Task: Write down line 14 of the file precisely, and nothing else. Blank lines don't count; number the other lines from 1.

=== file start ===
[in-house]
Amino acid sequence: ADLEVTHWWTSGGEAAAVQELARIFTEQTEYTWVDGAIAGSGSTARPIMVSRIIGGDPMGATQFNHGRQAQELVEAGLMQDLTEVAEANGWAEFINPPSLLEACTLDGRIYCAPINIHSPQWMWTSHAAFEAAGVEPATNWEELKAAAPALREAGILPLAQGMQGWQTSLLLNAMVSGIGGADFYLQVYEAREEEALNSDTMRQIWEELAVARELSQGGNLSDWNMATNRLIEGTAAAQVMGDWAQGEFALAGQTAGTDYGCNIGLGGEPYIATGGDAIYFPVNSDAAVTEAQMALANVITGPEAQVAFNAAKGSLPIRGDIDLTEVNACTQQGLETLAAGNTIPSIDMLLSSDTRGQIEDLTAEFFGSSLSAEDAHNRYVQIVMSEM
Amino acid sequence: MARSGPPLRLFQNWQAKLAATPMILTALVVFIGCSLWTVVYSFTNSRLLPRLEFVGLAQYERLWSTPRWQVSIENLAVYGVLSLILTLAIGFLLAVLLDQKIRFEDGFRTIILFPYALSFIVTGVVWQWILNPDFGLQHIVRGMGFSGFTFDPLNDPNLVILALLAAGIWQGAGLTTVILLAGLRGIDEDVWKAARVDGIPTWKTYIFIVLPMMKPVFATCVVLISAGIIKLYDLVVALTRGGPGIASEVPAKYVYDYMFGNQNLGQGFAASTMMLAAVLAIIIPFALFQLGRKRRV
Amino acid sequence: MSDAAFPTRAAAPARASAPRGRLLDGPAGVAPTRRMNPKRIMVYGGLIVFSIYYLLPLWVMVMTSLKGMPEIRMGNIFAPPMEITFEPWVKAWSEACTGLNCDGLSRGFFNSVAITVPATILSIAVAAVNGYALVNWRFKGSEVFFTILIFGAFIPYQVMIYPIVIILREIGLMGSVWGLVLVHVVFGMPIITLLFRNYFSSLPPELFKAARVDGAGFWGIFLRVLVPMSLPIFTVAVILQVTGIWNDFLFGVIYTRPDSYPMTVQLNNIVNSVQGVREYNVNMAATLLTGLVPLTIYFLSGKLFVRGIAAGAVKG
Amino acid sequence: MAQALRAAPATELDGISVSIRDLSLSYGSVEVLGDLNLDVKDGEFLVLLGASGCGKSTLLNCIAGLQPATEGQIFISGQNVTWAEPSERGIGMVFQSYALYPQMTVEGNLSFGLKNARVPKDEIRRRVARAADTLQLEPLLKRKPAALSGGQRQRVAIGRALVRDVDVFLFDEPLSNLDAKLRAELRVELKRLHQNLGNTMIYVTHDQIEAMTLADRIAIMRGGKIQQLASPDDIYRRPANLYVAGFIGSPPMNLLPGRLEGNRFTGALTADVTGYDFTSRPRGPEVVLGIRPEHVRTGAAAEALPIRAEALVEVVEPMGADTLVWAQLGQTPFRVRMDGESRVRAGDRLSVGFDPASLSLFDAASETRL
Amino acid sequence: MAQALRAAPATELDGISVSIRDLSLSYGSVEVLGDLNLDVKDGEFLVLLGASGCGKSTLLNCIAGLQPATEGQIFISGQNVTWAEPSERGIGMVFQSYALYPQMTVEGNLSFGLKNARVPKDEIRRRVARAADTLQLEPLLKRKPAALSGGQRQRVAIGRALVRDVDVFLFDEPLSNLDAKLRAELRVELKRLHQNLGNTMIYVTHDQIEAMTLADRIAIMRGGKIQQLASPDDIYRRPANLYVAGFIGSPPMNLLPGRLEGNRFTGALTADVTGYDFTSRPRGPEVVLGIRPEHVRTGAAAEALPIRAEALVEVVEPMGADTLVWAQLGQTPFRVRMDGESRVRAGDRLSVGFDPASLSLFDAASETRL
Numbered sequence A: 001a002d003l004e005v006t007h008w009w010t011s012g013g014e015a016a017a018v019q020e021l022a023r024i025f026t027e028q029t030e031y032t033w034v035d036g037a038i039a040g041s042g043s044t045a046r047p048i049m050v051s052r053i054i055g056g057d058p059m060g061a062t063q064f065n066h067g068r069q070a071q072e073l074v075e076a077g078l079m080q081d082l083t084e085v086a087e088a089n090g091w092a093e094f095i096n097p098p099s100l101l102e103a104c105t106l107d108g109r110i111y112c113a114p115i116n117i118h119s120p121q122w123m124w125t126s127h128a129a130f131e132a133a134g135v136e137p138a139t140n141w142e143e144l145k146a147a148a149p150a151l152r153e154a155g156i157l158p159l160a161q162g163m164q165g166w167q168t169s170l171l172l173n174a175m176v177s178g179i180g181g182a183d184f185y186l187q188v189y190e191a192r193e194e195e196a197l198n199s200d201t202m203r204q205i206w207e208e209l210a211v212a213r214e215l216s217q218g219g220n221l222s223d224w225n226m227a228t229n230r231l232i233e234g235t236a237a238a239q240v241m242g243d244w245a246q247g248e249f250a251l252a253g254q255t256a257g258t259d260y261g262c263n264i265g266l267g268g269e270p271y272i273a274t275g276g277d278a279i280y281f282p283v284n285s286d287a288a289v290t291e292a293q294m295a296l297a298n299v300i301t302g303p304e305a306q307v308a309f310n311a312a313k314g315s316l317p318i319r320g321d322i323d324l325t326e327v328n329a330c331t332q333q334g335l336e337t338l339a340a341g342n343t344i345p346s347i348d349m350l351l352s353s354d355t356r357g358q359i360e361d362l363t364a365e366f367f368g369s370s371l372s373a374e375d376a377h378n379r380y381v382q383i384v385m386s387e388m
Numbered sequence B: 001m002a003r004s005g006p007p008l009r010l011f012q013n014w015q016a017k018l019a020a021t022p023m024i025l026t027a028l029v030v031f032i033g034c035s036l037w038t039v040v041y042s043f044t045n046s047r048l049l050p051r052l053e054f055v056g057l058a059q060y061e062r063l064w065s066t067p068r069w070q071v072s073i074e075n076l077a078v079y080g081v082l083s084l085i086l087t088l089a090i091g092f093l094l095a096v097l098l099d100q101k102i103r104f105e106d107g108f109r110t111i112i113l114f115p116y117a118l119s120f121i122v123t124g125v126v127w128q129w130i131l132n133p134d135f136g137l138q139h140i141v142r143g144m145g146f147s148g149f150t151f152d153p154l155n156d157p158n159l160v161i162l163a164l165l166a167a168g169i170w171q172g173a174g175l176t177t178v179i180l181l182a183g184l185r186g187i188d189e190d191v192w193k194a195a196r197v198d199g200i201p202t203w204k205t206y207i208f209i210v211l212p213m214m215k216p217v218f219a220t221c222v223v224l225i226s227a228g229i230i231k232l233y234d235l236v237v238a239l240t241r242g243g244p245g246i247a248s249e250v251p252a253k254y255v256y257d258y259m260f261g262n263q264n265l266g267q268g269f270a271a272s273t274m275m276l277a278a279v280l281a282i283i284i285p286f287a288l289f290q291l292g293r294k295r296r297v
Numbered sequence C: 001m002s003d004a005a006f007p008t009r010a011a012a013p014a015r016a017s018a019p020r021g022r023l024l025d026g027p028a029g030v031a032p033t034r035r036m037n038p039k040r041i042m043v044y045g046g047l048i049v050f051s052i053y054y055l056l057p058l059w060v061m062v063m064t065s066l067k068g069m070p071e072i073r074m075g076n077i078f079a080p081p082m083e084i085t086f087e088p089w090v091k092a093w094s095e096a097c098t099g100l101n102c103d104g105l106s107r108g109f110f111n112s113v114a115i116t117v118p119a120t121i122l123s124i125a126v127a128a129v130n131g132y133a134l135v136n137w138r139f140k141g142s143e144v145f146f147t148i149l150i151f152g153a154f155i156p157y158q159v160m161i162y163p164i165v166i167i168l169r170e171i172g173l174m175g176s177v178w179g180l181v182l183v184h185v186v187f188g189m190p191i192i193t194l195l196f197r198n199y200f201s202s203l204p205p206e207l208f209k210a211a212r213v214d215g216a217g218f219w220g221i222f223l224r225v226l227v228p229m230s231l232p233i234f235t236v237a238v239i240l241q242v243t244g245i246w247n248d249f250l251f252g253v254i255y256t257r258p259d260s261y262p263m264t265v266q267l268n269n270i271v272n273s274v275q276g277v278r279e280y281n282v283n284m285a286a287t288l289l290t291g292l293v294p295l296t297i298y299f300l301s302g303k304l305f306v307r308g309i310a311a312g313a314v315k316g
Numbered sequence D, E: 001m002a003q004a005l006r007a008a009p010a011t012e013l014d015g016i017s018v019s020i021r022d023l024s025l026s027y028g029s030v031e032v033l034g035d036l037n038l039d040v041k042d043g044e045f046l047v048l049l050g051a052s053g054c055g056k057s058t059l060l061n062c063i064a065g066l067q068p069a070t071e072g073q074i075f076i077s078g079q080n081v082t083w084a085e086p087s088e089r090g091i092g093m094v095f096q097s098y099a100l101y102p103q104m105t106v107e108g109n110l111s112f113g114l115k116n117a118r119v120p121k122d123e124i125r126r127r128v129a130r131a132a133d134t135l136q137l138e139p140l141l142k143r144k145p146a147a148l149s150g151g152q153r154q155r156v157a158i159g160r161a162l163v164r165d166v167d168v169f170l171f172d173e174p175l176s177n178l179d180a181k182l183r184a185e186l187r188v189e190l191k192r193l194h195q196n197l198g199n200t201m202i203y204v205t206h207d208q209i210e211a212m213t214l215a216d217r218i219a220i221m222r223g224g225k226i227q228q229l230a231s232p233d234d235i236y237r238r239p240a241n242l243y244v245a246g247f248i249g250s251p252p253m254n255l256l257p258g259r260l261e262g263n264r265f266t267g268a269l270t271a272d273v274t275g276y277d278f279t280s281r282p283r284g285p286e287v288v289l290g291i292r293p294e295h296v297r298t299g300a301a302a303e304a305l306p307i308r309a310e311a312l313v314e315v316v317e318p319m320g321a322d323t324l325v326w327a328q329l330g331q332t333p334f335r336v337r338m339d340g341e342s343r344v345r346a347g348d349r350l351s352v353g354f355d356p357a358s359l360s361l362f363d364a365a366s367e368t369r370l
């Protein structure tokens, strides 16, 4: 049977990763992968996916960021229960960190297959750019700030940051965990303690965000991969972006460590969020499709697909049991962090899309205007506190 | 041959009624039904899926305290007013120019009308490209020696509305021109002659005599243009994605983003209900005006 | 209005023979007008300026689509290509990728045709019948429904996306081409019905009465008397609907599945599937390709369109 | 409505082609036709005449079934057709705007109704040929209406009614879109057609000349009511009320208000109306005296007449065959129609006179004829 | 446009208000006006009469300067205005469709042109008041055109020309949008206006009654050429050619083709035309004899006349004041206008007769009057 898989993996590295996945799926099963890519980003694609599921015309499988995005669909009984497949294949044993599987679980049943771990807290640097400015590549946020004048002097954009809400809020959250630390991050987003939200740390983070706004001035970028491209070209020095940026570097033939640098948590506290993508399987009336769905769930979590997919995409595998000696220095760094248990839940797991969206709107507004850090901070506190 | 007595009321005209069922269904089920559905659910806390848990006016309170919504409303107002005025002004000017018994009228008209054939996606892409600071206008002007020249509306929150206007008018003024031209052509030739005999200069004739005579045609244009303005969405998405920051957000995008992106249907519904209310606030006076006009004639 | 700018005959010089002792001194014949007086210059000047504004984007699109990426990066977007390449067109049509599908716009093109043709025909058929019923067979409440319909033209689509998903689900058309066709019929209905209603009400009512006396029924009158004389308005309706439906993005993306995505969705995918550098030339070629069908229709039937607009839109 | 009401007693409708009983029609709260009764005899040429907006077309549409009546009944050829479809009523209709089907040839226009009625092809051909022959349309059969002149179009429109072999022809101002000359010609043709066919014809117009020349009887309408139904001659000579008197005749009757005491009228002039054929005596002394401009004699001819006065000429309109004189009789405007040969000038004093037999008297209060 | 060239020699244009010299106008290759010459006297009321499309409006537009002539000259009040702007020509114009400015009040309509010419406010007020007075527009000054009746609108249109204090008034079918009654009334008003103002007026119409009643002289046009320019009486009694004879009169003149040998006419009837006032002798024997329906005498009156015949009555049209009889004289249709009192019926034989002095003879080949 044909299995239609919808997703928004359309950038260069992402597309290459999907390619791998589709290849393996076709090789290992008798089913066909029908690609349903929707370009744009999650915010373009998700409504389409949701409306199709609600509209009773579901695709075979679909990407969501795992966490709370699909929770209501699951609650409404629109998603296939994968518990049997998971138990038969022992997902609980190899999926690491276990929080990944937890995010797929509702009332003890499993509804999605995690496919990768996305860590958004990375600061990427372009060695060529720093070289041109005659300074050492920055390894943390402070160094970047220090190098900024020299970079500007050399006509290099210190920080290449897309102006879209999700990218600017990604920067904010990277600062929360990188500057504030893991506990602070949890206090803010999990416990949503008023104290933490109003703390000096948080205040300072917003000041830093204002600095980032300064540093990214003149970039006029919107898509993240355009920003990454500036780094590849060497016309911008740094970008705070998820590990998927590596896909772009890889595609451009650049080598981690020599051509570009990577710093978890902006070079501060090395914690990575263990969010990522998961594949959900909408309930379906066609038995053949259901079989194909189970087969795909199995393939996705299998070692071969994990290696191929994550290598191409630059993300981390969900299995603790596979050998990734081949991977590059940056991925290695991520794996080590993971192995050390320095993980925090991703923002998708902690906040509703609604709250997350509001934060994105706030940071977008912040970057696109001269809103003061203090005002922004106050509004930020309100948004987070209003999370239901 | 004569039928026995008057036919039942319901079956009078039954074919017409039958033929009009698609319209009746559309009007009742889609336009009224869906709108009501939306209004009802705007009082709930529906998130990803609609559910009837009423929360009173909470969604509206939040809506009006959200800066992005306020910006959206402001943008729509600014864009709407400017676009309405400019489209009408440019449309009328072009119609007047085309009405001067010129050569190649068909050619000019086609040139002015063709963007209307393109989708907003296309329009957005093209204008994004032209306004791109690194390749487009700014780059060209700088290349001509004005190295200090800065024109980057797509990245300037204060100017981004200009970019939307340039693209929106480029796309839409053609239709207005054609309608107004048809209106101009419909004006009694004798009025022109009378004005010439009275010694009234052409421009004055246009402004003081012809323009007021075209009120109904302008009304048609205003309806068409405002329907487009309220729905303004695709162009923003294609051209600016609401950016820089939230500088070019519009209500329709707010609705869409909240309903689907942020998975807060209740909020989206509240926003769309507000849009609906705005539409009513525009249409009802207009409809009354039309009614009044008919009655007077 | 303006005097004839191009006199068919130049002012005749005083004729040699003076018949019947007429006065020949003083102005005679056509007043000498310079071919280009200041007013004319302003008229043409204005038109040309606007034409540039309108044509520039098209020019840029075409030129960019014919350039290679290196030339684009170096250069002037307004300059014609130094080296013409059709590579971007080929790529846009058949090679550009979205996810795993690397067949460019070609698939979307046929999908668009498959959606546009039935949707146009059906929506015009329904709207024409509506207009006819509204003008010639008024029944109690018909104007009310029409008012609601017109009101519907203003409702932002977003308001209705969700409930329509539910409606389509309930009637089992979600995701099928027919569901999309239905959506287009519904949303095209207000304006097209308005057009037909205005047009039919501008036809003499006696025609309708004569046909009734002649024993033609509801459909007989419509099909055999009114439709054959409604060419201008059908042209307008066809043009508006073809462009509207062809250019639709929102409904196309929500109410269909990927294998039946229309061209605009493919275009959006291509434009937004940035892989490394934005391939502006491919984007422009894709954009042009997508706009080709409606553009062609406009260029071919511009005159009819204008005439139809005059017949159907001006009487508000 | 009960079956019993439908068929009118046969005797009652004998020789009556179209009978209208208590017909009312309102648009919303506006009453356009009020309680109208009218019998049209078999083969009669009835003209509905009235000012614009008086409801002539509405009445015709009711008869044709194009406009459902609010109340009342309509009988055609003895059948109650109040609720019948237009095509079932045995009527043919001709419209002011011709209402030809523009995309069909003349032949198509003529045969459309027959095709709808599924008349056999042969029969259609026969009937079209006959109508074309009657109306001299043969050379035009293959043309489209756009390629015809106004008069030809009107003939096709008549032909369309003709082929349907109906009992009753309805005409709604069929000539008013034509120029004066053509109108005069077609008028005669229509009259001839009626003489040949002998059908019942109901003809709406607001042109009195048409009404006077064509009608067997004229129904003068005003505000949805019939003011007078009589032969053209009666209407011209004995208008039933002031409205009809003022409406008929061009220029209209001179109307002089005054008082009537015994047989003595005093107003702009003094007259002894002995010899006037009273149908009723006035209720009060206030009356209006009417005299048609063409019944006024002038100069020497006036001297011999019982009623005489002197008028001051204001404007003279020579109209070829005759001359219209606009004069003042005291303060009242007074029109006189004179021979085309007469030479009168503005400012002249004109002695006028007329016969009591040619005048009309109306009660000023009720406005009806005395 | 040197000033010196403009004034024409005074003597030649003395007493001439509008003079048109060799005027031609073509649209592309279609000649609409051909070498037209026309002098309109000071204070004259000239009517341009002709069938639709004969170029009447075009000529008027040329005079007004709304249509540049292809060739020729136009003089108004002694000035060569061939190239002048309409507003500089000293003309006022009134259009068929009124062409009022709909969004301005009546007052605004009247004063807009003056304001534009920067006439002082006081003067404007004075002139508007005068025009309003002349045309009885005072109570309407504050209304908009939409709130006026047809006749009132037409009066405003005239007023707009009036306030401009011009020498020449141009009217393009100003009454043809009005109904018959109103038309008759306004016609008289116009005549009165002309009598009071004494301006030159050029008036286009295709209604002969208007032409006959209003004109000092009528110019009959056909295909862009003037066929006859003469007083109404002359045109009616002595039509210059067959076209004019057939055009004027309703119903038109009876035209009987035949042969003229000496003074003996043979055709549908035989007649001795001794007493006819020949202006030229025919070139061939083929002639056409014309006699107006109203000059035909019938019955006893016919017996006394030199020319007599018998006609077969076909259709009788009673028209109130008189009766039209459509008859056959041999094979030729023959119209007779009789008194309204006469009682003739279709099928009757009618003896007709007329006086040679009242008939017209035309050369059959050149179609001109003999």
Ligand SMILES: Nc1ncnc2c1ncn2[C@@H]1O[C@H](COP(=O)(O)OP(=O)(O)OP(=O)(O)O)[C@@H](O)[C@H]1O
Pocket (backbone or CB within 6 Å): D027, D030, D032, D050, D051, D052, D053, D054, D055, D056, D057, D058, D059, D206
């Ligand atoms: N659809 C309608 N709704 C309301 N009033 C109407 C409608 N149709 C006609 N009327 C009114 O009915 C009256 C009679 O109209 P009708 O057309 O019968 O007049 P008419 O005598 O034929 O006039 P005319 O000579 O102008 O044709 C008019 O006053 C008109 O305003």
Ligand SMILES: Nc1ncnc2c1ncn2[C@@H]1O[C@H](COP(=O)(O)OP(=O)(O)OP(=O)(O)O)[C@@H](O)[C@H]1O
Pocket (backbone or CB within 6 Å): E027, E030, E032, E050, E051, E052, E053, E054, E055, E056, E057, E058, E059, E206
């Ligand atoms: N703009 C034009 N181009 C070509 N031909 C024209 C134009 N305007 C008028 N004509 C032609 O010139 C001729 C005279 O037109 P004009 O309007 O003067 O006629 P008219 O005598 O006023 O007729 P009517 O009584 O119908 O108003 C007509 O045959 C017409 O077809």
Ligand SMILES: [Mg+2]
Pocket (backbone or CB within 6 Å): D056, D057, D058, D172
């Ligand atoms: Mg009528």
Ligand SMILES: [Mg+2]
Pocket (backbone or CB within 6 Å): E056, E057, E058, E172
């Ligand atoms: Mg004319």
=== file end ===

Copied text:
């Ligand atoms: N659809 C309608 N709704 C309301 N009033 C109407 C409608 N149709 C006609 N009327 C009114 O009915 C009256 C009679 O109209 P009708 O057309 O019968 O007049 P008419 O005598 O034929 O006039 P005319 O000579 O102008 O044709 C008019 O006053 C008109 O305003």